What are some of your favorite romantic comedies? Are there any you’ve seen recently that you would recommend?

Love, Sweet Love: Bright Star Movie Review

September 14, 2009 at 8:05 pm , by

014_bright_star.0531144  Abbie Cornish as Fanny Brawne and Ben Whishaw as John Keats in 'Bright Star'

What the world needs now is love, sweet love. It’s the only thing that there’s just too little of. Such an amazing song and sentiment—and personally, I think the same can be said about movies. Don’t get me wrong, I love to laugh and I love suspense, but there is nothing like walking out of the theater with a slight love buzz. So, imagine my delight when I saw Bright Star, about the poet, John Keats (Ben Whishaw), and his achingly passionate (albeit chaste) love affair with his neighbor, the precocious, creative clothes designer Fanny Brawne (Abbie Cornish). The story takes place in London in the early 1800s and everything about this movie is beautiful…the clothes, the cinematography, the performances, and most of all, the notion that two people can find such certain, blissful love—even if only for a short time.

The film opens in select cities this Friday and then nationwide at the end of the month. If you’re as intrigued by the story as I was, you’ll enjoy this—it’s the final poem Keats wrote before he died from tuberculosis when he was 25:

010_bright_star.0433544  Abbie Cornish as Fanny Brawne and Ben Whishaw as John Keats in 'Bright Star'To Fanny, by John Keats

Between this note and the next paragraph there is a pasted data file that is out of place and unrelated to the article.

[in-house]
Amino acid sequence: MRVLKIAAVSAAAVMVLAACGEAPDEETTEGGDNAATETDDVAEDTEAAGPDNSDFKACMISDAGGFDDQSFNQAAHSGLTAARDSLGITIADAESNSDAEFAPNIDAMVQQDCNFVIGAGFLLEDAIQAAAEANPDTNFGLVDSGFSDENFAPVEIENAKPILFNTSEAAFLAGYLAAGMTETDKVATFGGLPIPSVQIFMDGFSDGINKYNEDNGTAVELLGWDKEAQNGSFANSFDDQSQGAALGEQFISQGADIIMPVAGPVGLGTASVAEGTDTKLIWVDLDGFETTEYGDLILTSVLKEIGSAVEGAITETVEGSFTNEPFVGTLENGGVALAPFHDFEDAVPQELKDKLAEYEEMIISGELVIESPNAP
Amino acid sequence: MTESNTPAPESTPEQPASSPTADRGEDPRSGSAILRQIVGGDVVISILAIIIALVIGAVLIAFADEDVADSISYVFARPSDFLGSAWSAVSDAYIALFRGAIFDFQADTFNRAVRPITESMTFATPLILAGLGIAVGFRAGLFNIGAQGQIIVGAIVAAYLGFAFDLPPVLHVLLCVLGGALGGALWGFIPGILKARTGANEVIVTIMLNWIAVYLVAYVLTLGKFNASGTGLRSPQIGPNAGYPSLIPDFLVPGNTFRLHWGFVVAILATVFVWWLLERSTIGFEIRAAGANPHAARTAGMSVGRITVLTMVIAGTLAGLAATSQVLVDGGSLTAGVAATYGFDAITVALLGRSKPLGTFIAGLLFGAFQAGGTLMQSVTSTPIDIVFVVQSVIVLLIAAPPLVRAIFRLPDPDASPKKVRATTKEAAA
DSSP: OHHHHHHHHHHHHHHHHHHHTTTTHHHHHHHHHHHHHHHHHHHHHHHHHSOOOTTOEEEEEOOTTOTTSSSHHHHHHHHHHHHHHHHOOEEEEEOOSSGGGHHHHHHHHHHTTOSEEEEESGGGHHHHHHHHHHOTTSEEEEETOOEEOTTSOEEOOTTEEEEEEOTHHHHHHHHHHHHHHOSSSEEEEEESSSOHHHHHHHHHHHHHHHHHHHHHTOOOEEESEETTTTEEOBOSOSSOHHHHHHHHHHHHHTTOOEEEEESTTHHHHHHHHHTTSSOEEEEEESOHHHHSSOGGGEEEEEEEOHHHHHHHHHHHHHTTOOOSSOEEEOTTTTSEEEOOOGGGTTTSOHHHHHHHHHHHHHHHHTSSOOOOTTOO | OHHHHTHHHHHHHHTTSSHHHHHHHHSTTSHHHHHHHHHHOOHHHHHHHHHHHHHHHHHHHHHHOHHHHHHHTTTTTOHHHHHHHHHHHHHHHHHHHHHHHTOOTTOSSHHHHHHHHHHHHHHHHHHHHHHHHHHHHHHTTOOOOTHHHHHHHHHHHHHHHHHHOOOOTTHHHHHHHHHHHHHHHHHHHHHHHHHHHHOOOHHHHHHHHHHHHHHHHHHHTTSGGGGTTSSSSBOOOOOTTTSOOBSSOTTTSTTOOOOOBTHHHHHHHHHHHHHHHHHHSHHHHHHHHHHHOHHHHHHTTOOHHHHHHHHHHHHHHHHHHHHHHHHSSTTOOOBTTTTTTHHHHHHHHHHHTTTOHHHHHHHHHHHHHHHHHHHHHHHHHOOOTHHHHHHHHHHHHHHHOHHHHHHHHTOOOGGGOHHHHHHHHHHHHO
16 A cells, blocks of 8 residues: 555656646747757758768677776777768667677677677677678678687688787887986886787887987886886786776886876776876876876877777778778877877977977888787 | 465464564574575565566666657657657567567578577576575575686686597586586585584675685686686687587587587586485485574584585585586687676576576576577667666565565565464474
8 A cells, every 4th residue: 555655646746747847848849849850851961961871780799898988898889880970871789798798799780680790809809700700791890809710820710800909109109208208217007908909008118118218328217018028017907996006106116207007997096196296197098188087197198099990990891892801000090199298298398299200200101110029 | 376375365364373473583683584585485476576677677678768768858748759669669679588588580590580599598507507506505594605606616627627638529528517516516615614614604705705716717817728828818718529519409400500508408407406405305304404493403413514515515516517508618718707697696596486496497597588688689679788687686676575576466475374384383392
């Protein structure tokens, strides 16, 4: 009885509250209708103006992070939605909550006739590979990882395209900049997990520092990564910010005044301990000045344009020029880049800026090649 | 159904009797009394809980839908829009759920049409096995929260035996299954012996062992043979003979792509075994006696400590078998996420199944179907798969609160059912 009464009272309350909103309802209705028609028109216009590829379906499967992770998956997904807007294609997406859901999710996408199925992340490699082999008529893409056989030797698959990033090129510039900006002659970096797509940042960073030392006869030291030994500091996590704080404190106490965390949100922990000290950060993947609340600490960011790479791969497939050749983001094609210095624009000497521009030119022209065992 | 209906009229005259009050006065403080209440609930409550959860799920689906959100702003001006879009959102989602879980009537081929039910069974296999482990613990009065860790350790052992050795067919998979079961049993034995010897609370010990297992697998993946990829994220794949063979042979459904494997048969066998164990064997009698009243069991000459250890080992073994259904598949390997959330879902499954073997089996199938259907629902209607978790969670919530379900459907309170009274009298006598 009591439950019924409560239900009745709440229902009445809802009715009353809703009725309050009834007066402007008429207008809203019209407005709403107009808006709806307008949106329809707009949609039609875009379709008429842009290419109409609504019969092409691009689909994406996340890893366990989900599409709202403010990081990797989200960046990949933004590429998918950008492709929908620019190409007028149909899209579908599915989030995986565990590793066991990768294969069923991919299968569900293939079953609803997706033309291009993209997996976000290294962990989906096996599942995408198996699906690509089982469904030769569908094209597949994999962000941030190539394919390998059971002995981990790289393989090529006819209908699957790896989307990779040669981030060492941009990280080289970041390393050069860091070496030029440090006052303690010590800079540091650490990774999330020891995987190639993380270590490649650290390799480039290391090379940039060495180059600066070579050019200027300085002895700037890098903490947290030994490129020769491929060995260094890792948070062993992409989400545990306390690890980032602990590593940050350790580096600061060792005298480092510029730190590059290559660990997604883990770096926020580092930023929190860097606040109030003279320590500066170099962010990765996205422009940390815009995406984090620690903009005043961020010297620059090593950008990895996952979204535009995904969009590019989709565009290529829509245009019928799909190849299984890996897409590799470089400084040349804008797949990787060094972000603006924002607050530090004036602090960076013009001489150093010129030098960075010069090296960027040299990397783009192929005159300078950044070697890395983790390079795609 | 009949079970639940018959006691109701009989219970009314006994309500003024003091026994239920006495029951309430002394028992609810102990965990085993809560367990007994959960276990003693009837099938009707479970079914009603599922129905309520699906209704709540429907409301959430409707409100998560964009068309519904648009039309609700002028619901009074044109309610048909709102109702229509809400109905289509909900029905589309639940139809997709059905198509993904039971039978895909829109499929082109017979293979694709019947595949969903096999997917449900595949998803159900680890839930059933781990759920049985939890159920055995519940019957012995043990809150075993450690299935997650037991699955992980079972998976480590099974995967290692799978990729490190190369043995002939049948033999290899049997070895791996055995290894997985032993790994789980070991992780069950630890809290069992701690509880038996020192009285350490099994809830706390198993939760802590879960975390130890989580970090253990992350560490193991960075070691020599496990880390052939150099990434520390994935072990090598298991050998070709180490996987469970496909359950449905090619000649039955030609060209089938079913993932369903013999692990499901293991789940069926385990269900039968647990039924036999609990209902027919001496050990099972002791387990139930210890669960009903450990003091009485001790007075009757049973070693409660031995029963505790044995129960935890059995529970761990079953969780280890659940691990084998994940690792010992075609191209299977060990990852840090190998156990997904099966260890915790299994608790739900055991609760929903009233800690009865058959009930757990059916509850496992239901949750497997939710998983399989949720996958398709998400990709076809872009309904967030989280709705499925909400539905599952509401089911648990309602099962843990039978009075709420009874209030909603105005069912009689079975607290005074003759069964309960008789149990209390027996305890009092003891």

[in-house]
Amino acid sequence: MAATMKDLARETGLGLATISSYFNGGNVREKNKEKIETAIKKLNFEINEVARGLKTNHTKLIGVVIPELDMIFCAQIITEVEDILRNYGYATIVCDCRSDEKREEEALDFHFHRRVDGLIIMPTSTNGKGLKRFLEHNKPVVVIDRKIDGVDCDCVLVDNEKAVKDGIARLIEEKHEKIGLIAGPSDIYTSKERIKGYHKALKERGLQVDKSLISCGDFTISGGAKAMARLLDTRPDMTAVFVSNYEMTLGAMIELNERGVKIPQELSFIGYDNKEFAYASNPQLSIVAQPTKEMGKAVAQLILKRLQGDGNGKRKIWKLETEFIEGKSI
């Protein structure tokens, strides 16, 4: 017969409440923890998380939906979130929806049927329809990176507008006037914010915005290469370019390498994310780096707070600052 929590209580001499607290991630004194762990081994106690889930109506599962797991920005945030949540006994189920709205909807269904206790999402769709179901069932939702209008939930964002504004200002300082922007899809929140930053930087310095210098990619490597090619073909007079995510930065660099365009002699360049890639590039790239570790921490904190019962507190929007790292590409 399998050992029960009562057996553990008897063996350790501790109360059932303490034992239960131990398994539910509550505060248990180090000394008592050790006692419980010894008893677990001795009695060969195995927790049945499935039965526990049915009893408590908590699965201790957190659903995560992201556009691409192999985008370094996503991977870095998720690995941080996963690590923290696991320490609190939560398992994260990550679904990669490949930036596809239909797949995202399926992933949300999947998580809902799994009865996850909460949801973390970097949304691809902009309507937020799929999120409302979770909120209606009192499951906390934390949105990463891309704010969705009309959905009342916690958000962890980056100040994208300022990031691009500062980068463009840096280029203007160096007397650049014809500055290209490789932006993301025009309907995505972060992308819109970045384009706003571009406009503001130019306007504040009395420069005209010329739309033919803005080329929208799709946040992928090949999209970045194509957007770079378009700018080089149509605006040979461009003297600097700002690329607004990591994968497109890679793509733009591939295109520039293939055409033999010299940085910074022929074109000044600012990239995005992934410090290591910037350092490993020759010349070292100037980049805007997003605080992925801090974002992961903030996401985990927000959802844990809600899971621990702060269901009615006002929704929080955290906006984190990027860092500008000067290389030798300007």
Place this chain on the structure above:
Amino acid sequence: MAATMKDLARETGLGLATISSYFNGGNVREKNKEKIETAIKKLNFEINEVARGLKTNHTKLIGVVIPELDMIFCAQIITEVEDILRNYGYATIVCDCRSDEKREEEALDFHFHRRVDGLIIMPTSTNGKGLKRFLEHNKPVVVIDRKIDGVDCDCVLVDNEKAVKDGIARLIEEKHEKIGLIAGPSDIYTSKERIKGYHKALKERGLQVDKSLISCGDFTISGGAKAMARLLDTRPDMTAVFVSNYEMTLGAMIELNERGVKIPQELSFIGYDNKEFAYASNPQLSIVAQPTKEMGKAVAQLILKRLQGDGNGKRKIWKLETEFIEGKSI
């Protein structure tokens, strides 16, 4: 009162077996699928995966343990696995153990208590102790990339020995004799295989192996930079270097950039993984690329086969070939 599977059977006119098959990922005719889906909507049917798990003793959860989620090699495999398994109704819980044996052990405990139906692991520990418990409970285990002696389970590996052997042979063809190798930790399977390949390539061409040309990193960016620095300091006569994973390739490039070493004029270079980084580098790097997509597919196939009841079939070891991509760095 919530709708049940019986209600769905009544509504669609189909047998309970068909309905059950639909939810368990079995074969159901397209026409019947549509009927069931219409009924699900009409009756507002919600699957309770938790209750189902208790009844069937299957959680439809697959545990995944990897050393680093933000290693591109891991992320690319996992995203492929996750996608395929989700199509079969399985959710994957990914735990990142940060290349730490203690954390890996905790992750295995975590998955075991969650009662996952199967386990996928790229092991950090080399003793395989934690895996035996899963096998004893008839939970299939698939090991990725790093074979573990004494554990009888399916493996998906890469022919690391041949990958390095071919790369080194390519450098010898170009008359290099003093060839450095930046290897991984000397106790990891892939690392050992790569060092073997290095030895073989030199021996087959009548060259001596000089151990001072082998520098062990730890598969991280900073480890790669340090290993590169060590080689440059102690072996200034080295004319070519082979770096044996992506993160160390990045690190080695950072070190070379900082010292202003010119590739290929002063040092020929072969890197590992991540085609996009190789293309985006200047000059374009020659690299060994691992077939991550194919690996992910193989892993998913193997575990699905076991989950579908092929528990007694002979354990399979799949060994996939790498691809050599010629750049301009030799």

I cry your mercy—pity—love!—aye, love!
Merciful love that tantalizes not,
One-thoughted, never-wandering, guileless love,
Unmasked, and being seen—without a blot!
O! let me have thee whole,—all—all—be mine!
That shape, that fairness, that sweet minor zest
Of love, your kiss,—those hands, those eyes divine,
That warm, white, lucent, million-pleasured breast,—
Yourself—your soul—in pity give me all,
Withhold no atom’s atom or I die,
Or living on, perhaps, your wretched thrall,
Forget, in the mist of idle misery,
Life’s purposes,—the palate of my mind
Losing its gust, and my ambition blind!

Ladies We Love: Tilda Swinton

September 10, 2009 at 9:56 am , by

Tilda SwintonDuring Oscar-winner Tilda Swinton’s varied and accomplished career, she has appeared in such films as Vanilla Sky, Chronicles of Narnia, Michael Clayton and The Curious Case of Benjamin Button. Recently she starred in the stirring film Julia,which was just released on DVD.

What makes me a lady: Enough sleep.

Favorite guilty pleasure: Licking the cake bowl.

Three things on my life list: Program a multiplex, sail for long enough to forget the year, grow a great yellow rose.

If I could have a superpower, it would be: To talk to the animals.

Ladies I admire: Patti Smith, Justin Bond, Margaret Rutherford.

Want to know more about Tilda? Check out our full interview with her.